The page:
(RNS) At age 8, five years after he heard the fateful words, "Your daddy has died," Kevin Sweeney felt desperately incomplete.

He often spent the hazy minutes between bedtime and sleep lingering on the thought that there was no one to teach him how to be a boy, a man-and eventually, a father. So he hatched a plan. He would carefully choose three men to be his father figures, would watch their every move, and learn.

Sweeney, now 44, is the author of a new book, "Father Figures: Three Wise Men Who Changed a Life." He doesn't know why he was so aware, at such a young age, of his need for surrogate fathers-or so clever in his plan to keep the three choices a secret, even from the men themselves. He does know that Father's Day will bring to mind more than his own dad.

It's the same for Terri Robbins, who turned to the father of her two best friends for affirmation when her own parents abused her. And for Dana Hunt, who found another man to hug after his father died. And for Patrick Buckley, a child of a broken home who turned his young life around under the mentoring of a stranger he met in the park.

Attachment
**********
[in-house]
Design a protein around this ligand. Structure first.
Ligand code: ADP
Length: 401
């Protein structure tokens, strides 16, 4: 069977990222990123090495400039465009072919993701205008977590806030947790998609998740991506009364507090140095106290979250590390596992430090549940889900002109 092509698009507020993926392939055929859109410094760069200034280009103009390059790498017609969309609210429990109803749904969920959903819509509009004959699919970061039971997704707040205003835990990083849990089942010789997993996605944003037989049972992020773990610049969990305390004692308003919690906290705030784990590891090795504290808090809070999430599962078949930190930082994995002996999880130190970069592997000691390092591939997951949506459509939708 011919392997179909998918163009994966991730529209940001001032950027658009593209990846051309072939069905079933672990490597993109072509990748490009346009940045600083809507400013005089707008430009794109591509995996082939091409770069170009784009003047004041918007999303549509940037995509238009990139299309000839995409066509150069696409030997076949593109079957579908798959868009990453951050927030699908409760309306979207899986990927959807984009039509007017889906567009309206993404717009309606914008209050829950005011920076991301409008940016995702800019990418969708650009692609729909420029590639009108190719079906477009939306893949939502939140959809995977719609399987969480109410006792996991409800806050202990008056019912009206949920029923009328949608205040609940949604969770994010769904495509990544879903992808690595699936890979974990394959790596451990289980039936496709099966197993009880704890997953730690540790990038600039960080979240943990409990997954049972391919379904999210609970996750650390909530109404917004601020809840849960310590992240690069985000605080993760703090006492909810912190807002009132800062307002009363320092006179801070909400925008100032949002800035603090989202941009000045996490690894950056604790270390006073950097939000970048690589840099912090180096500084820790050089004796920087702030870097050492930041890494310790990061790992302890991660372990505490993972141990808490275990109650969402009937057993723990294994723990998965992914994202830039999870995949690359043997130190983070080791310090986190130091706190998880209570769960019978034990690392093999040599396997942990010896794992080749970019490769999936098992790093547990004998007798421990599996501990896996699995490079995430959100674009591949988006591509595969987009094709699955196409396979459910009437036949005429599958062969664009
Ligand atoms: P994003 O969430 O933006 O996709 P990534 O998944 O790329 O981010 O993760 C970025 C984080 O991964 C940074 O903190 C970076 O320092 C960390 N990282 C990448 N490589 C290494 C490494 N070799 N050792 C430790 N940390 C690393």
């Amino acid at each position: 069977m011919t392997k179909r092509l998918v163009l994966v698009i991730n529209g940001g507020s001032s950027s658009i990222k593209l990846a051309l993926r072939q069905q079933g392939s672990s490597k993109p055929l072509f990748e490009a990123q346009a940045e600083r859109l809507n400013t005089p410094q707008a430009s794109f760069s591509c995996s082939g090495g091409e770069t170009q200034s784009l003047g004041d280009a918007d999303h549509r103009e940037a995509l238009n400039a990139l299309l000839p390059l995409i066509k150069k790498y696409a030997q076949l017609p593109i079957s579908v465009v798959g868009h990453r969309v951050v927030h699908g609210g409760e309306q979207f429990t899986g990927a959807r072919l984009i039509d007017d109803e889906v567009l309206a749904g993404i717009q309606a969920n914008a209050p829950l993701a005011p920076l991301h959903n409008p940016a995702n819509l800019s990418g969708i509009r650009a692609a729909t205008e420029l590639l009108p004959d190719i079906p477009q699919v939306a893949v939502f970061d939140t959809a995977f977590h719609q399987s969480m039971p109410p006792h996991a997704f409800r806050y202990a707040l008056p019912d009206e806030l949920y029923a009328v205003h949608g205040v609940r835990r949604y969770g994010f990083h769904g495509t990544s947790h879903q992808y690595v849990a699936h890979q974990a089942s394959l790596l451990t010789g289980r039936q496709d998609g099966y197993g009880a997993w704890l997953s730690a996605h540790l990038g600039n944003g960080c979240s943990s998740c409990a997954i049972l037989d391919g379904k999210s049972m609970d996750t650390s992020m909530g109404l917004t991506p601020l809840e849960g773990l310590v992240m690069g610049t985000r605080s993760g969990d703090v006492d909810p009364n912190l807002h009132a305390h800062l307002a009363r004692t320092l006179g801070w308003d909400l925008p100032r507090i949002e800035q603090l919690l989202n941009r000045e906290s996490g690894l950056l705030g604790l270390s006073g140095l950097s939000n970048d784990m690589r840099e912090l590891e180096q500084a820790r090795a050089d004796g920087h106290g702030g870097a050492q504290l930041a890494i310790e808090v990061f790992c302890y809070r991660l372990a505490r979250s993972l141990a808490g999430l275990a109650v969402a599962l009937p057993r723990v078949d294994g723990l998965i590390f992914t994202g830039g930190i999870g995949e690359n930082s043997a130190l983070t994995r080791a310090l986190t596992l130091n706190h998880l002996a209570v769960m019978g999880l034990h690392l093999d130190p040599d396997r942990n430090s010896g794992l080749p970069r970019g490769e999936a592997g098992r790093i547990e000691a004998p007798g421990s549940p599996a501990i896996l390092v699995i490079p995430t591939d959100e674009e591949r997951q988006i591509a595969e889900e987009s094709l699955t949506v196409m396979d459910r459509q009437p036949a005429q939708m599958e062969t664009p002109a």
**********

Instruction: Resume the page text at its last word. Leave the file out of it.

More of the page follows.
All in some way lost their fathers in childhood, leaving gaping holes in their souls. And while there is scant research on the subject of the men children choose to fill that void, experts say there is undeniable power in finding a surrogate.

David Popenoe, professor of sociology at Rutgers University and the author of "Life Without Father," says grandfathers, stepfathers and other men from the extended family can make wonderful father figures. But there's something special when a child finds a male mentor outside the family. "That's because you know the guy is seriously interested in you," Popenoe said, "and not just interested in you through your mother."